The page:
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Estate Tax

How much is excludable from my Estate before I have to pay Federal Estate or Gift Taxes?

Asked Wednesday, October 25, 2000 by an anonymous user
For the year 2013, 5,250,000 Million. State tax thresholds vary per state
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Estate Tax

Unified Tax Credit

Asked Wednesday, October 25, 2000 by an anonymous user
Every estate gets a Federal Unified Tax Credit for the amount of tax that would be levied. In year 2013 the Federal Unified Tax Credit is $2,045,800 yielding a exclusion amount of $5,250,000 Million.
That is the limit that you can leave your heirs free of federal estate taxes. It is also known as the exemption equivalent amount.
The unified tax credit is cumulative. It includes the taxes due on taxable gifts that you have made over the course of your life (taxes on these gifts are usually not due until you die). Non-taxable gifts of up to $14,000 per person, per year are not counted against the federal unified tax credit.
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Estate Tax

Estate taxes - overview

Asked Wednesday, October 25, 2000 by an anonymous user
Estate taxes are taxes based on the value of the estate you leave when you die. Estates valued at more than $5 million are subject to the federal estate tax. Some states use lower limits and other states charge no estate taxes at all. Any estate taxes that are due are usually paid for by the estate itself. This is different from inheritance taxes. They are state taxes that your heirs may be required to pay on the property they inherit.
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Estate Tax

Can I minimize my future Estate Tax?

Asked Wednesday, October 25, 2000 by an anonymous user
Estate taxes can take a big bite out of what you would like to leave your heirs. Federal Estate taxes apply only to estates larger than $5,250,000 for the years 2013.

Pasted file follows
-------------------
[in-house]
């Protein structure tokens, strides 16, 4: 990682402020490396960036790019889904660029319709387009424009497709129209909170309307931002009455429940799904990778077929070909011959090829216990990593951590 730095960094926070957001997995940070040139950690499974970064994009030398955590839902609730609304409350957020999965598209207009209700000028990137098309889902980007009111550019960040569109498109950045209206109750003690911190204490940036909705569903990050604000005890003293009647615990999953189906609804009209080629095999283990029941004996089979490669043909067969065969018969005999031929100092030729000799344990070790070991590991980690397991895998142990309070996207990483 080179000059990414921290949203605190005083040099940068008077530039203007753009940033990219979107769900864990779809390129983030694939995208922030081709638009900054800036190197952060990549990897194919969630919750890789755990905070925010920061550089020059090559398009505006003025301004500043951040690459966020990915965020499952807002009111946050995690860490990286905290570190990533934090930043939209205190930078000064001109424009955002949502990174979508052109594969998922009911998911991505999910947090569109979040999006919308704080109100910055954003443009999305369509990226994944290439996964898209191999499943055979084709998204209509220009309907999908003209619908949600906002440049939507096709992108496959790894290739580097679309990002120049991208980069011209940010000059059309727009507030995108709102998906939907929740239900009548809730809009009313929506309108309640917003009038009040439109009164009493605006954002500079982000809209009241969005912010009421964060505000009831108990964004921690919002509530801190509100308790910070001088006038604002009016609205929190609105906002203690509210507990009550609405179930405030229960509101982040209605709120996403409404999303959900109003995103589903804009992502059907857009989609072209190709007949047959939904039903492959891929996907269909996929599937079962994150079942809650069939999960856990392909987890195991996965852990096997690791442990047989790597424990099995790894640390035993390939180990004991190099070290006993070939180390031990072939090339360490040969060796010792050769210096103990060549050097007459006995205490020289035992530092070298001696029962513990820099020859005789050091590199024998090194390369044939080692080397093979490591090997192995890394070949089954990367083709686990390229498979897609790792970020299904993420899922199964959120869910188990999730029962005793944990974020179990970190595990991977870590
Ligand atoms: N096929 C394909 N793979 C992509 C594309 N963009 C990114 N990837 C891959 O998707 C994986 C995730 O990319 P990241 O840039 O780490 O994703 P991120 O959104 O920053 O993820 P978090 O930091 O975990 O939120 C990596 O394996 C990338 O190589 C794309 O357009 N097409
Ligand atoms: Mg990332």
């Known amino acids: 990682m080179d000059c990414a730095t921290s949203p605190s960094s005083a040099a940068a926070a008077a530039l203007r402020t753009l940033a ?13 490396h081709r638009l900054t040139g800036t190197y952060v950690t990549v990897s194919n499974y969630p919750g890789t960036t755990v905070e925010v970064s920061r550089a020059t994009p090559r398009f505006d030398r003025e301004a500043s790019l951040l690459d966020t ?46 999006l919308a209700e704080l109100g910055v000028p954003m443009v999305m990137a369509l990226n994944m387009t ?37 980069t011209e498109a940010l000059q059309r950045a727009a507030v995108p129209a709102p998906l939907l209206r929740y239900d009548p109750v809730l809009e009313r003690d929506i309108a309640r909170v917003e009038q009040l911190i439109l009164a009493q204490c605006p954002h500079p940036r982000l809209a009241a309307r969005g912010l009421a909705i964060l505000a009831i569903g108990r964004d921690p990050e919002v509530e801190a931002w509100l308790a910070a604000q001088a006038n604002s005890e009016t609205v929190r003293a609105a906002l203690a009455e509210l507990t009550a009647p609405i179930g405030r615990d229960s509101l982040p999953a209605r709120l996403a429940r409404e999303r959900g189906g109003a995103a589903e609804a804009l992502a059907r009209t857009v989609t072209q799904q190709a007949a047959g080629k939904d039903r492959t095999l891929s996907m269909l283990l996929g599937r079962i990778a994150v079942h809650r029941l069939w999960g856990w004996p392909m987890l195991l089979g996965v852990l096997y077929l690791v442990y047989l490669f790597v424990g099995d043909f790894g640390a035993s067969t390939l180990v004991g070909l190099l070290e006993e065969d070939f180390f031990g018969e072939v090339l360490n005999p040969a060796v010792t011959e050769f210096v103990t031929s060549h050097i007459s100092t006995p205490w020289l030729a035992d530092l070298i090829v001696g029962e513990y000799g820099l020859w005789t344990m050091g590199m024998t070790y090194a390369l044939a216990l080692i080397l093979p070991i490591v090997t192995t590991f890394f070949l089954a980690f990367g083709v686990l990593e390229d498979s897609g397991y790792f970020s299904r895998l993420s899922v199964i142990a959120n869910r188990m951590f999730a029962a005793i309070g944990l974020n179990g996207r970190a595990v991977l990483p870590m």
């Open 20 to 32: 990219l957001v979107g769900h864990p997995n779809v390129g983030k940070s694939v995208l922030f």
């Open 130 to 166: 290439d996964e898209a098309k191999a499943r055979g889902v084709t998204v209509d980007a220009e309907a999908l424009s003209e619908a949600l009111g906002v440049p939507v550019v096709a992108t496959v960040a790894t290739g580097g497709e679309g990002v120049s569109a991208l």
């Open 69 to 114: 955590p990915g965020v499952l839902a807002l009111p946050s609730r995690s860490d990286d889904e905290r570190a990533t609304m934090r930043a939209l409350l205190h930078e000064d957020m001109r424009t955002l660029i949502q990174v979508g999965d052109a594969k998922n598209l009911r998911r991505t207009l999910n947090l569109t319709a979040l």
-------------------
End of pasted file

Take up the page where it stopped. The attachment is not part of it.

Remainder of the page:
There are several strategies you can pursue to reduce or eliminate the tax bite. Speak to your local CPA or attorney about these strategies.
They may mention to you to consider making gifts. You can give up to $14,000 a year to as many people as you like, tax free. Together with your spouse, you can give up to $28,000 to each person. Also consider giving your life insurance policy to your wife, your child or put it in an irrevocable trust provided the assignment takes place more than 3 years before death. To keep the policy out of your estate, you cannot continue to pay the premiums.
The new owner has to pay them. Another strategy is to get married. No estate tax is levied on property given to a spouse. Of course, whatever is left (over $5,250,000) will be taxed in your spouse's estate when he or she dies.
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Estate Tax

Estate valuation

Asked Wednesday, October 25, 2000 by an anonymous user
The first step in determining the value of your estate is to add up the value of everything you own and then subtract it from the estate value, the expenses of settling the estate and making any non-taxable bequests. No federal estate taxes are assessed on estates valued at less than $5 million.